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Microsoft KB Archive/251606

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Knowledge Base


The client permissions of a public folder show a different owner than you expect in Exchange 2000 and Exchange 2003

Article ID: 251606

Article Last Modified on 10/25/2007



APPLIES TO

  • Microsoft Exchange Server 2003 Enterprise Edition
  • Microsoft Exchange Server 2003 Standard Edition
  • Microsoft Exchange 2000 Enterprise Server
  • Microsoft Exchange 2000 Server Standard Edition



This article was previously published under Q251606

SYMPTOMS

After a user creates a public folder, when you use Exchange System Manager or Microsoft Outlook to view the client permissions of the folder, the user appears as the owner of the public folder.

If you select the public folder in Exchange System Manager, click Properties, click the Permissions tab, and then click Client Permissions, you expect to find that the user is the owner of the public folder. However, you obtain the Microsoft Windows NT security descriptor for the owner instead of the MAPI permissions. The Windows NT security descriptor indicates that the Builtin\Administrators group is the owner of the object. If the server that is running Microsoft Exchange is a domain controller, the security descriptor indicates that the Domain\Administrators group is the owner of the object. Therefore, the Windows NT security descriptor appears to be incorrect.

STATUS

The Windows NT security descriptor is designed to work in this way. On the Client Permissions tab, Owner is actually a set of rights. The owner in the Windows NT security descriptor is the name of the user who owns the object. If the user is a member of the Administrators group, the whole group is considered to be the owner of the object.

MORE INFORMATION

Using the Windows NT security descriptor to modify permissions on a public folder is the same as modifying the permissions through drive M. This practice is strongly discouraged because after you modify permissions in this manner, you cannot set client permissions for public folders by using Exchange System Manager or Outlook.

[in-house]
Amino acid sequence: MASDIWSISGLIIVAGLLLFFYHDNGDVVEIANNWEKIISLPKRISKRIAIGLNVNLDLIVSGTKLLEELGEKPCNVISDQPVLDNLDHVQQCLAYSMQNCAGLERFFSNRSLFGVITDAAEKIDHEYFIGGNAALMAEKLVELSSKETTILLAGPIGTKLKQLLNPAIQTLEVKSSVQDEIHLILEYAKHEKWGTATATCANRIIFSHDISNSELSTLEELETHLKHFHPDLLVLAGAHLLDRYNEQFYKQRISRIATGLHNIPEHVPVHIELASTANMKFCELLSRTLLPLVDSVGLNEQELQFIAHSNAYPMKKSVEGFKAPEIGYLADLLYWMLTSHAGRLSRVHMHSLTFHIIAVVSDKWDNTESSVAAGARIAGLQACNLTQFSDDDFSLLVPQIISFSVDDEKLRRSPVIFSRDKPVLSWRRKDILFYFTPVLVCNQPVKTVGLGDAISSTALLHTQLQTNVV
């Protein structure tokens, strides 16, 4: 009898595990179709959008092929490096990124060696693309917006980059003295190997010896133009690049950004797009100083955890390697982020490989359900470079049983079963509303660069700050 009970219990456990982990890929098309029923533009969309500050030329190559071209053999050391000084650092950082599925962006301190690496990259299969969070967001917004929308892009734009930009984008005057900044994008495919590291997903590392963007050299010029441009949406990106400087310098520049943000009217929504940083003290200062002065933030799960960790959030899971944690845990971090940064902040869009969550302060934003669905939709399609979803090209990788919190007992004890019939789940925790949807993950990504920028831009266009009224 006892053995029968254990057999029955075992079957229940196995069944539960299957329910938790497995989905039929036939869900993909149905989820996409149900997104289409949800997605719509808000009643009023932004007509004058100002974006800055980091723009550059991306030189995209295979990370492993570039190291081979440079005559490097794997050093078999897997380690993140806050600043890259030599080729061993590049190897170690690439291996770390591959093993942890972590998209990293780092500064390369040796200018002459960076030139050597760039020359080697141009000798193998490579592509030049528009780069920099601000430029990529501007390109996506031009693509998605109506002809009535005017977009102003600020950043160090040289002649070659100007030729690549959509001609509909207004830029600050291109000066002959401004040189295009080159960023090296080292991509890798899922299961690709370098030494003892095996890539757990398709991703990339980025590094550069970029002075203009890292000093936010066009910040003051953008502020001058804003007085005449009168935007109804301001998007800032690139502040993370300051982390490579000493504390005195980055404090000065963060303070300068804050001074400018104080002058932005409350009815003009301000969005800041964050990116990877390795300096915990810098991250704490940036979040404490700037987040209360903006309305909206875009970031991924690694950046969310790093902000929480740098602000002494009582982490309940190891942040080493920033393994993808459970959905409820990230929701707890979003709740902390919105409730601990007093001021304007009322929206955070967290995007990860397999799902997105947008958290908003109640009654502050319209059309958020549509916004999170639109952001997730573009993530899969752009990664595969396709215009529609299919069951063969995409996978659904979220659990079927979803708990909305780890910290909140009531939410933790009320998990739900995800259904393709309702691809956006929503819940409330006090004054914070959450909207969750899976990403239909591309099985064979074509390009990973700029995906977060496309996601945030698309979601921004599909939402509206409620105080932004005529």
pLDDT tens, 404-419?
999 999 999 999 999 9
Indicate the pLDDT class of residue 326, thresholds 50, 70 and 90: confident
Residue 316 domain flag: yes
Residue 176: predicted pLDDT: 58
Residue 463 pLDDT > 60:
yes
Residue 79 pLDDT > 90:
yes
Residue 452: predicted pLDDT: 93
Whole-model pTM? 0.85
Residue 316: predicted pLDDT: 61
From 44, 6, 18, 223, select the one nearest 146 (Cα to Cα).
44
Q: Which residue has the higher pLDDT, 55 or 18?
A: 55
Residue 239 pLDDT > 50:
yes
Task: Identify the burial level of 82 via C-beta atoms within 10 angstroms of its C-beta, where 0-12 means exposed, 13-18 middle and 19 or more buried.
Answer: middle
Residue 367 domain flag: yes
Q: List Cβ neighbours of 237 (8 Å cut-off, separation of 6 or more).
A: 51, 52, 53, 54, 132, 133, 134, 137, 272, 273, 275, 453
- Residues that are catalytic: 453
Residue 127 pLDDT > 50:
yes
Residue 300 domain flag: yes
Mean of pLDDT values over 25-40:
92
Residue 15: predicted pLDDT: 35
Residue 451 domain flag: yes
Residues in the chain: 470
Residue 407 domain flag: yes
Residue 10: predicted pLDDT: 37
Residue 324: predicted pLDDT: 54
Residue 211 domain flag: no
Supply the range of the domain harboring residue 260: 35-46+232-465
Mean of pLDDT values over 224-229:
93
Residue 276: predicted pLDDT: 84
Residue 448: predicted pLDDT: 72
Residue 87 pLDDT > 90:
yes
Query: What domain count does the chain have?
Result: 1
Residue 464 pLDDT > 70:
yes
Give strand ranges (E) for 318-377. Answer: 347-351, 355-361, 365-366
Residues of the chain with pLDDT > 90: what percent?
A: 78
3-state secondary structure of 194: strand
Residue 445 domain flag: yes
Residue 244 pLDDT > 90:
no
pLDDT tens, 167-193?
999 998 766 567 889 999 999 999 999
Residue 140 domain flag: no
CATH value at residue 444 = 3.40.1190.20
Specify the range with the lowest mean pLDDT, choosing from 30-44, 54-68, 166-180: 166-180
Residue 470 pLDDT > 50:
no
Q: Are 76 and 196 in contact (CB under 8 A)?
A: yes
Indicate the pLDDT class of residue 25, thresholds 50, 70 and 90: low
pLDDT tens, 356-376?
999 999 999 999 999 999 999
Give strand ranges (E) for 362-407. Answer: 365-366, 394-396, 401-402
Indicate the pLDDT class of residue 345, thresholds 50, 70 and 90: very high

For additional information and a complete explanation of access control lists (ACL) on public folders in Microsoft Exchange 2000, click the following article number to view the article in the Microsoft Knowledge Base:

330508 Access control lists in Exchange public folders




Note By default, drive M does not exist in Microsoft Exchange Server 2003. For additional information, click the following article number to view the article in the Microsoft Knowledge Base:

821836 Drive M mapping to IFS is not present by default in Exchange Server 2003




Modifying the Windows NT security descriptor on permissions for Exchange 2000 public folders is the same as modifying the permissions by using Windows Explorer on drive M. For additional information about the problems that may occur when you modify the Windows NT Security Descriptor and how to resolve those problems, click the following article numbers to view the articles in the Microsoft Knowledge Base:

270905 XADM: Unable to set client permissions on public folders through Exchange System Manager


313333 XADM: Error message when you set permissions on public folders: Invalid Windows handle ID no: 80040102 Exchange System Manager



Additional query words: XADM ESM

Keywords: kbprb KB251606